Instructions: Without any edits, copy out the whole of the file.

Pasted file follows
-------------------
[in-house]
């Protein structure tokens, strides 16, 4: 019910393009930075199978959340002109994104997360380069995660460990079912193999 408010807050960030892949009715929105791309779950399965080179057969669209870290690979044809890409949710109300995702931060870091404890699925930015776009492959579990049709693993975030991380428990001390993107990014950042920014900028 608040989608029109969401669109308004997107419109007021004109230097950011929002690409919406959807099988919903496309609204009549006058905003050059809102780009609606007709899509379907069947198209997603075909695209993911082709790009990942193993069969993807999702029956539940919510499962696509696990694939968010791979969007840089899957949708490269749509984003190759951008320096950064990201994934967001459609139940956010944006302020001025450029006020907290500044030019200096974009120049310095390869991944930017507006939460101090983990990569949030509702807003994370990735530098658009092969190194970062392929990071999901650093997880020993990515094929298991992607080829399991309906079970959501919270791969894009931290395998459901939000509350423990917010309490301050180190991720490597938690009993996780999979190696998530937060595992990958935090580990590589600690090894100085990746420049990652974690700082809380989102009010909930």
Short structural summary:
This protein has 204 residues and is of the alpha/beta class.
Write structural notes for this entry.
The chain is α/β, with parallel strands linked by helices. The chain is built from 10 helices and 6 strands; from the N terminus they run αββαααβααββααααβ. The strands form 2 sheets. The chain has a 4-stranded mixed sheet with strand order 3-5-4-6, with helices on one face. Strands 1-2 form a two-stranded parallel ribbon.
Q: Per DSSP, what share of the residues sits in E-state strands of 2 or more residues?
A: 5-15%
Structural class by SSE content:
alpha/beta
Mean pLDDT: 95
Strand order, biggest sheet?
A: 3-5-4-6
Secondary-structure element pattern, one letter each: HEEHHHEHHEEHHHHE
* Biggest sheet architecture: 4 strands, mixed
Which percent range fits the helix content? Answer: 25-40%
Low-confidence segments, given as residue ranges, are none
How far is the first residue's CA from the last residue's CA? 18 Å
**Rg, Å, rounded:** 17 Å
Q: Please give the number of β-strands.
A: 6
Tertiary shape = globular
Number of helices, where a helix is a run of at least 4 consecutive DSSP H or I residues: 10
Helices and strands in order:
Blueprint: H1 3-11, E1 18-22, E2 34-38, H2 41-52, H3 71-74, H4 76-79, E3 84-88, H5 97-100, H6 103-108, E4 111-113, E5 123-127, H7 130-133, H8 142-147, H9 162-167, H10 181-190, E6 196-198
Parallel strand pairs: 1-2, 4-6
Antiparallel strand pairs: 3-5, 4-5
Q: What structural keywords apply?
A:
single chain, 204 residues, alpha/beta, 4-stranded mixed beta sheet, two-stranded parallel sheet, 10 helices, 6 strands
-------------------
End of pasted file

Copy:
[in-house]
């Protein structure tokens, strides 16, 4: 019910393009930075199978959340002109994104997360380069995660460990079912193999 408010807050960030892949009715929105791309779950399965080179057969669209870290690979044809890409949710109300995702931060870091404890699925930015776009492959579990049709693993975030991380428990001390993107990014950042920014900028 608040989608029109969401669109308004997107419109007021004109230097950011929002690409919406959807099988919903496309609204009549006058905003050059809102780009609606007709899509379907069947198209997603075909695209993911082709790009990942193993069969993807999702029956539940919510499962696509696990694939968010791979969007840089899957949708490269749509984003190759951008320096950064990201994934967001459609139940956010944006302020001025450029006020907290500044030019200096974009120049310095390869991944930017507006939460101090983990990569949030509702807003994370990735530098658009092969190194970062392929990071999901650093997880020993990515094929298991992607080829399991309906079970959501919270791969894009931290395998459901939000509350423990917010309490301050180190991720490597938690009993996780999979190696998530937060595992990958935090580990590589600690090894100085990746420049990652974690700082809380989102009010909930």
Short structural summary:
This protein has 204 residues and is of the alpha/beta class.
Write structural notes for this entry.
The chain is α/β, with parallel strands linked by helices. The chain is built from 10 helices and 6 strands; from the N terminus they run αββαααβααββααααβ. The strands form 2 sheets. The chain has a 4-stranded mixed sheet with strand order 3-5-4-6, with helices on one face. Strands 1-2 form a two-stranded parallel ribbon.
Q: Per DSSP, what share of the residues sits in E-state strands of 2 or more residues?
A: 5-15%
Structural class by SSE content:
alpha/beta
Mean pLDDT: 95
Strand order, biggest sheet?
A: 3-5-4-6
Secondary-structure element pattern, one letter each: HEEHHHEHHEEHHHHE
* Biggest sheet architecture: 4 strands, mixed
Which percent range fits the helix content? Answer: 25-40%
Low-confidence segments, given as residue ranges, are none
How far is the first residue's CA from the last residue's CA? 18 Å
**Rg, Å, rounded:** 17 Å
Q: Please give the number of β-strands.
A: 6
Tertiary shape = globular
Number of helices, where a helix is a run of at least 4 consecutive DSSP H or I residues: 10
Helices and strands in order:
Blueprint: H1 3-11, E1 18-22, E2 34-38, H2 41-52, H3 71-74, H4 76-79, E3 84-88, H5 97-100, H6 103-108, E4 111-113, E5 123-127, H7 130-133, H8 142-147, H9 162-167, H10 181-190, E6 196-198
Parallel strand pairs: 1-2, 4-6
Antiparallel strand pairs: 3-5, 4-5
Q: What structural keywords apply?
A:
single chain, 204 residues, alpha/beta, 4-stranded mixed beta sheet, two-stranded parallel sheet, 10 helices, 6 strands